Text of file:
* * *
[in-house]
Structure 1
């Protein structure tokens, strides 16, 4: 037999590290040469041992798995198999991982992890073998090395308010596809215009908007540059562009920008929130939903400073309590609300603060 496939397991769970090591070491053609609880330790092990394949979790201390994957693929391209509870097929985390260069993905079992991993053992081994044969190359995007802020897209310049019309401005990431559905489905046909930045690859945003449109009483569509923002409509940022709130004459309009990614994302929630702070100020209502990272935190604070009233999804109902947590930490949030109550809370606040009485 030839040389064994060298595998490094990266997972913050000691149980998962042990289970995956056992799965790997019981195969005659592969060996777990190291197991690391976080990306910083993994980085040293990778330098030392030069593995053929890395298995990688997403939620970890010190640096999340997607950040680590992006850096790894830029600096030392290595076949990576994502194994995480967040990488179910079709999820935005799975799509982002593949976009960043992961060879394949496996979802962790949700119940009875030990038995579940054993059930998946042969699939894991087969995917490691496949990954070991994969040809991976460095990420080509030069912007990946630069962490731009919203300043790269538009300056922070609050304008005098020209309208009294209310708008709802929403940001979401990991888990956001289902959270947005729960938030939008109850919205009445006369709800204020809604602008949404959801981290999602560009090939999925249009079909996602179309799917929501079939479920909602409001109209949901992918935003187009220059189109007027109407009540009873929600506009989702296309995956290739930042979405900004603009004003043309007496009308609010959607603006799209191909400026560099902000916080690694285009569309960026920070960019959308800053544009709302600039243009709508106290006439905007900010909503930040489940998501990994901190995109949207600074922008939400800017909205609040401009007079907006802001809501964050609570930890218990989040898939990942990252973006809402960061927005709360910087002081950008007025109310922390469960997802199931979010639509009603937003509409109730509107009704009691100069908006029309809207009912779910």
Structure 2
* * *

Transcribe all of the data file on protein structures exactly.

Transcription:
[in-house]
Structure 1
């Protein structure tokens, strides 16, 4: 037999590290040469041992798995198999991982992890073998090395308010596809215009908007540059562009920008929130939903400073309590609300603060 496939397991769970090591070491053609609880330790092990394949979790201390994957693929391209509870097929985390260069993905079992991993053992081994044969190359995007802020897209310049019309401005990431559905489905046909930045690859945003449109009483569509923002409509940022709130004459309009990614994302929630702070100020209502990272935190604070009233999804109902947590930490949030109550809370606040009485 030839040389064994060298595998490094990266997972913050000691149980998962042990289970995956056992799965790997019981195969005659592969060996777990190291197991690391976080990306910083993994980085040293990778330098030392030069593995053929890395298995990688997403939620970890010190640096999340997607950040680590992006850096790894830029600096030392290595076949990576994502194994995480967040990488179910079709999820935005799975799509982002593949976009960043992961060879394949496996979802962790949700119940009875030990038995579940054993059930998946042969699939894991087969995917490691496949990954070991994969040809991976460095990420080509030069912007990946630069962490731009919203300043790269538009300056922070609050304008005098020209309208009294209310708008709802929403940001979401990991888990956001289902959270947005729960938030939008109850919205009445006369709800204020809604602008949404959801981290999602560009090939999925249009079909996602179309799917929501079939479920909602409001109209949901992918935003187009220059189109007027109407009540009873929600506009989702296309995956290739930042979405900004603009004003043309007496009308609010959607603006799209191909400026560099902000916080690694285009569309960026920070960019959308800053544009709302600039243009709508106290006439905007900010909503930040489940998501990994901190995109949207600074922008939400800017909205609040401009007079907006802001809501964050609570930890218990989040898939990942990252973006809402960061927005709360910087002081950008007025109310922390469960997802199931979010639509009603937003509409109730509107009704009691100069908006029309809207009912779910």
Structure 2